Richard A. Lindsey, CPA

Lindsey & Waldo, LLC – Certified Public Accountants

  • Sep 21

    Didn’t you just love the Olympics? Seeing Gabby Douglas (who was, after all, only offered a “courtesy” invite to the trials, apparently) win the all-around women’s gymnastics gold medal… and smile all throughout.

    By the way, did you know that based on her winning two gold medals, she could owe as much as $17,972 in income taxes after her trip to London? Yeah, the American winners have to pay income tax on the prize money they win ($25,000 for gold, $15,000 for silver and $10,000 for bronze) and as well as the value of the medal they win. A gold medal is estimated to be worth $675 based on recent commodity prices. But I digress…

    Kids can be so much fun.

    And they can be a financial drain…

    Back in ancient history (1985) Franco Madigliana won the Nobel Prize for Economics by observing the simple technique that squirrels know intuitively from birth. You have to squirrel away some nuts during times of plenty so you can survive during times of scarcity.

    In doing so, Professor Madigliani looked at the income and expenses of typical people over their life span. He found that typical household income was more than enough to meet expenses during some times in the family’s life, while at other times, money was tight.

    So, it stood to reason, and still does, that preparation during these times of surplus will help families avoid going into debt during tougher times.

    Madigliana identified two phases of the family cycle which apply to younger families:

    1. Before having children there is often a surplus of income.
    2. While rearing and educating children, there is often a deficit when the family is spending more than they are earning.

    So, the obvious conclusion is: Before the children arrive, squirrel away some money.

    When you are starting out, don’t try to duplicate your parents’ lifestyle.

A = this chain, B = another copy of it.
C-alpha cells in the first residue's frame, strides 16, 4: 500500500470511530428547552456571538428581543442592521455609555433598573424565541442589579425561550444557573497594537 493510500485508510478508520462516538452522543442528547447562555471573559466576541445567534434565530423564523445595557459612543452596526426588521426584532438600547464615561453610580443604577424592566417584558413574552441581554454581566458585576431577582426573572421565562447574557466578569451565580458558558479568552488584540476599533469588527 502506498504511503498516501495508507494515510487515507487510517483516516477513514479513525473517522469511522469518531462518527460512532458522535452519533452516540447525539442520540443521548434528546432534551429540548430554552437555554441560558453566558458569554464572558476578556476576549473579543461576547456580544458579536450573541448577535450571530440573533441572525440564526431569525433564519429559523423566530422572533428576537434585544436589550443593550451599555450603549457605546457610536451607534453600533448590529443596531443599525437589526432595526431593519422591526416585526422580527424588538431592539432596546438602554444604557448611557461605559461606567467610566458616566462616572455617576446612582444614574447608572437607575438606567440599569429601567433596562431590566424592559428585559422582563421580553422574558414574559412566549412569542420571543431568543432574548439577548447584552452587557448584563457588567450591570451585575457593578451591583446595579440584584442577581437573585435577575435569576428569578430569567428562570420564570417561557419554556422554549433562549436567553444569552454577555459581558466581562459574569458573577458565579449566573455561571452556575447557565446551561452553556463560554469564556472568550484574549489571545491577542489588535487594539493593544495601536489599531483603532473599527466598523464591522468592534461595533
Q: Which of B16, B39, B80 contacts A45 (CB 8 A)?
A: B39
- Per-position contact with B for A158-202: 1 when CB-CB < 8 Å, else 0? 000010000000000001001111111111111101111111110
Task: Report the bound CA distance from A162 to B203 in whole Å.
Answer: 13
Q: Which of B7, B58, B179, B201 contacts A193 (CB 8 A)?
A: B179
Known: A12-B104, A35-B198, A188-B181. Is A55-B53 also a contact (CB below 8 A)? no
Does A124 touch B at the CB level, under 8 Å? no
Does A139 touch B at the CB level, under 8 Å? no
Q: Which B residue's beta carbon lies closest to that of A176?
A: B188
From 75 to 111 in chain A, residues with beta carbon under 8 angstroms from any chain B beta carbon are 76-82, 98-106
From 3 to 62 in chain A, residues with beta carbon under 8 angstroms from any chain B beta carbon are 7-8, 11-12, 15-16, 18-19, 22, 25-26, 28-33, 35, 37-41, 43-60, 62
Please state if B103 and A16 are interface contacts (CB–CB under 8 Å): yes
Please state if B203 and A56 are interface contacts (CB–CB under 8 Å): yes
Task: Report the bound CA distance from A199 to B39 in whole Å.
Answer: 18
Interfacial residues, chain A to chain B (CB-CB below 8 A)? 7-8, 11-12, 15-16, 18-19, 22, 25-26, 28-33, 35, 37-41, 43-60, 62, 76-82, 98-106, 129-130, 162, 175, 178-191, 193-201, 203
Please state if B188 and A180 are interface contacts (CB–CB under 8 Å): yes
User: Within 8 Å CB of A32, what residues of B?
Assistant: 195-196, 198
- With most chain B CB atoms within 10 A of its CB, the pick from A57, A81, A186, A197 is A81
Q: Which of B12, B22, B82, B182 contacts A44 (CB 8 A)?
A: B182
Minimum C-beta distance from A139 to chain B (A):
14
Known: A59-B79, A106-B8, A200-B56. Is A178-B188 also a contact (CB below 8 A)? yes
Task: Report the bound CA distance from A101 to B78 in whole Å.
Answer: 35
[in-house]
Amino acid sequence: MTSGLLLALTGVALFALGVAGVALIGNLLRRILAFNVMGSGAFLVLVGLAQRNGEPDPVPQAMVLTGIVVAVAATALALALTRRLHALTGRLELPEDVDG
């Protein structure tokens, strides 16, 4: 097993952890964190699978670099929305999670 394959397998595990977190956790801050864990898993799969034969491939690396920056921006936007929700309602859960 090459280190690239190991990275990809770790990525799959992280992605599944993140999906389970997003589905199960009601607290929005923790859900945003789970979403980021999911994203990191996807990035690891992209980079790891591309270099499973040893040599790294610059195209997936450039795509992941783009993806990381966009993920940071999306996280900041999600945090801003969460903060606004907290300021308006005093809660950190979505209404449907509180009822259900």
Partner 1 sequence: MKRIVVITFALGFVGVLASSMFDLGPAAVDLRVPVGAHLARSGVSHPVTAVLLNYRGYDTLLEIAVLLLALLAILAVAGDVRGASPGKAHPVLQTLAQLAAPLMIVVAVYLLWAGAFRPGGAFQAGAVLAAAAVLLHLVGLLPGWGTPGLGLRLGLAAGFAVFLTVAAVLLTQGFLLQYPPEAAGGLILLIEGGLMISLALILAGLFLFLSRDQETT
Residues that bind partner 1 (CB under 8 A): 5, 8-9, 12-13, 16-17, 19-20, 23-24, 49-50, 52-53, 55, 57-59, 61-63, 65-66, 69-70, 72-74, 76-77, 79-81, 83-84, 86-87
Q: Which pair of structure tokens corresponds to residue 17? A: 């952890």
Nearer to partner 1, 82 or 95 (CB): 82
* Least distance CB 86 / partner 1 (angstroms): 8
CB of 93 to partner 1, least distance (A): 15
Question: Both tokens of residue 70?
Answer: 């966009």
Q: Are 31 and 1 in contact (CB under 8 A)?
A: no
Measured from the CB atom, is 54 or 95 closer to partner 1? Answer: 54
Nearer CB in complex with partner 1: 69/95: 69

Most of today’s college graduates are ill-prepared for the real world of financial responsibility. They never saw how their parents lived when they were first married and struggling. As a result, they often base their after-school expectations on upper-middle class lifestyle. My suggestion for parents? Repeatedly emphasize, and show, that success is earned from the bottom up.

    So, for example, if you are a young adult, you can’t afford more house than your budget will allow. If you spend 50% of your lifestyle expenses on housing, you will not be able to live proportionally on the rest of your income. Too much house is one of the most common mistakes young people make.

    It is almost as though we can’t feel successful without immediately enjoying the lifestyle of our parents at the height of their careers! So, help your children decide how much house is enough, and help them to calculate what they can buy for 30% of their standard of living.

    Encourage your children to save as much money as they can in their 20’s.

    Early in your career, when the cost of basic needs is small, income often covers expenses, allowing the surplus to be used for saving, investment or added consumption.

    Many young people assume they are doing so well financially that they can simply spend their extra money on more stuff. They don’t realize that these years of plenty won’t last.

    During this period, save and invest up to 50% of your disposable income for future expenses. Fully fund Roth accounts, and fund 401(k) plans to take advantage of any available employer match. Save 10% of your take-home pay for future large expenses. Put an additional 5 to 10% into long-term taxable savings.

    This advice is especially important for those who delay marriage until they are in their 30’s. Don’t waste a decade of prime savings and investing. You owe it to yourself and your family to store up those nuts now.